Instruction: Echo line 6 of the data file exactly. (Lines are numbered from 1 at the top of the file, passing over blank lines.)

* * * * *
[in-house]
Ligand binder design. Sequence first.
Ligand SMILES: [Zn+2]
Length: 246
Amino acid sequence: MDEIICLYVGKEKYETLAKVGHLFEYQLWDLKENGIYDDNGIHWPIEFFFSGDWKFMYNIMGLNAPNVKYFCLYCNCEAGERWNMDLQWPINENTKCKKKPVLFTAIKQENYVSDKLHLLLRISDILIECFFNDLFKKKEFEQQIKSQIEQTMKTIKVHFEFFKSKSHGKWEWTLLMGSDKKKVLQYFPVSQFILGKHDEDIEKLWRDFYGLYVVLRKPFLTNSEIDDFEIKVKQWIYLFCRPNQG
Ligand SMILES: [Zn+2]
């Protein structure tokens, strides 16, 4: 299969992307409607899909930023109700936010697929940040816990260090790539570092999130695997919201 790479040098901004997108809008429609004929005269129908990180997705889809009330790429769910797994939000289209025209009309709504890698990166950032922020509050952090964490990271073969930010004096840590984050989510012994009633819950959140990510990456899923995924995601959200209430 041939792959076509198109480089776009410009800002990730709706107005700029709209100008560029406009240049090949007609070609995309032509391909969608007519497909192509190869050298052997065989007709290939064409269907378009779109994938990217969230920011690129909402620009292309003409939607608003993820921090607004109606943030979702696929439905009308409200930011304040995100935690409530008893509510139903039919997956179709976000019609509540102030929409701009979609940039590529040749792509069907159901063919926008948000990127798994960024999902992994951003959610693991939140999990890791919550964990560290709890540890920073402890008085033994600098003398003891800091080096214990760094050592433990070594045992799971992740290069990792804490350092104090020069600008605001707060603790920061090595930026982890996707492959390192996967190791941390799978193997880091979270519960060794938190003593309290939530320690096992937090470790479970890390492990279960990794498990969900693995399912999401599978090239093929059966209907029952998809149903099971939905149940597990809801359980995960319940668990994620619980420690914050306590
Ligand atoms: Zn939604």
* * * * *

Ligand SMILES: [Zn+2]